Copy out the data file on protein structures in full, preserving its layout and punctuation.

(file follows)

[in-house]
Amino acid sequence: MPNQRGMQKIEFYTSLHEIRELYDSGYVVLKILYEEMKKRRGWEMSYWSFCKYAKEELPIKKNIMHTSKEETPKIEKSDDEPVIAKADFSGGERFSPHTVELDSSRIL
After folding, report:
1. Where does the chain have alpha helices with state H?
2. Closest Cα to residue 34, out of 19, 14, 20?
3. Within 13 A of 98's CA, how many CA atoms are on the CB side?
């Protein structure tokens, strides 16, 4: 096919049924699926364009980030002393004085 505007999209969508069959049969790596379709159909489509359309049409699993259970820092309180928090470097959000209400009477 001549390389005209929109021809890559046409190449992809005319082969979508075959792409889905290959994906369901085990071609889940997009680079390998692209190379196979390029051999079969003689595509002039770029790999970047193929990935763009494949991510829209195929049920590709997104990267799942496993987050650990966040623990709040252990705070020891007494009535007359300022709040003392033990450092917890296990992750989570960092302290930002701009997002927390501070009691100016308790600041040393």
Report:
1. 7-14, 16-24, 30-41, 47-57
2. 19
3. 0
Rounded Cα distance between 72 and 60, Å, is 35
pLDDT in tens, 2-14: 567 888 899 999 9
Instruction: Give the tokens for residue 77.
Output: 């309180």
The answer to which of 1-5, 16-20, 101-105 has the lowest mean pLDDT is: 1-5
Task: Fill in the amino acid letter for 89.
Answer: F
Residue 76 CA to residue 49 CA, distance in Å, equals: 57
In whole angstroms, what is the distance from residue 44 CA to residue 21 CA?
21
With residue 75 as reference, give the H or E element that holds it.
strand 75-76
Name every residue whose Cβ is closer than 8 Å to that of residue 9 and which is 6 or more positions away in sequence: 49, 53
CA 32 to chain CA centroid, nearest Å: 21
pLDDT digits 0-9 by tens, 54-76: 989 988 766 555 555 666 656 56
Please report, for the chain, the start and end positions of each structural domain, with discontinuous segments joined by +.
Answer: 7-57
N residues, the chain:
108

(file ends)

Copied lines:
[in-house]
Amino acid sequence: MPNQRGMQKIEFYTSLHEIRELYDSGYVVLKILYEEMKKRRGWEMSYWSFCKYAKEELPIKKNIMHTSKEETPKIEKSDDEPVIAKADFSGGERFSPHTVELDSSRIL
After folding, report:
1. Where does the chain have alpha helices with state H?
2. Closest Cα to residue 34, out of 19, 14, 20?
3. Within 13 A of 98's CA, how many CA atoms are on the CB side?
């Protein structure tokens, strides 16, 4: 096919049924699926364009980030002393004085 505007999209969508069959049969790596379709159909489509359309049409699993259970820092309180928090470097959000209400009477 001549390389005209929109021809890559046409190449992809005319082969979508075959792409889905290959994906369901085990071609889940997009680079390998692209190379196979390029051999079969003689595509002039770029790999970047193929990935763009494949991510829209195929049920590709997104990267799942496993987050650990966040623990709040252990705070020891007494009535007359300022709040003392033990450092917890296990992750989570960092302290930002701009997002927390501070009691100016308790600041040393």
Report:
1. 7-14, 16-24, 30-41, 47-57
2. 19
3. 0
Rounded Cα distance between 72 and 60, Å, is 35
pLDDT in tens, 2-14: 567 888 899 999 9
Instruction: Give the tokens for residue 77.
Output: 């309180």
The answer to which of 1-5, 16-20, 101-105 has the lowest mean pLDDT is: 1-5
Task: Fill in the amino acid letter for 89.
Answer: F
Residue 76 CA to residue 49 CA, distance in Å, equals: 57
In whole angstroms, what is the distance from residue 44 CA to residue 21 CA?
21
With residue 75 as reference, give the H or E element that holds it.
strand 75-76
Name every residue whose Cβ is closer than 8 Å to that of residue 9 and which is 6 or more positions away in sequence: 49, 53
CA 32 to chain CA centroid, nearest Å: 21
pLDDT digits 0-9 by tens, 54-76: 989 988 766 555 555 666 656 56
Please report, for the chain, the start and end positions of each structural domain, with discontinuous segments joined by +.
Answer: 7-57
N residues, the chain:
108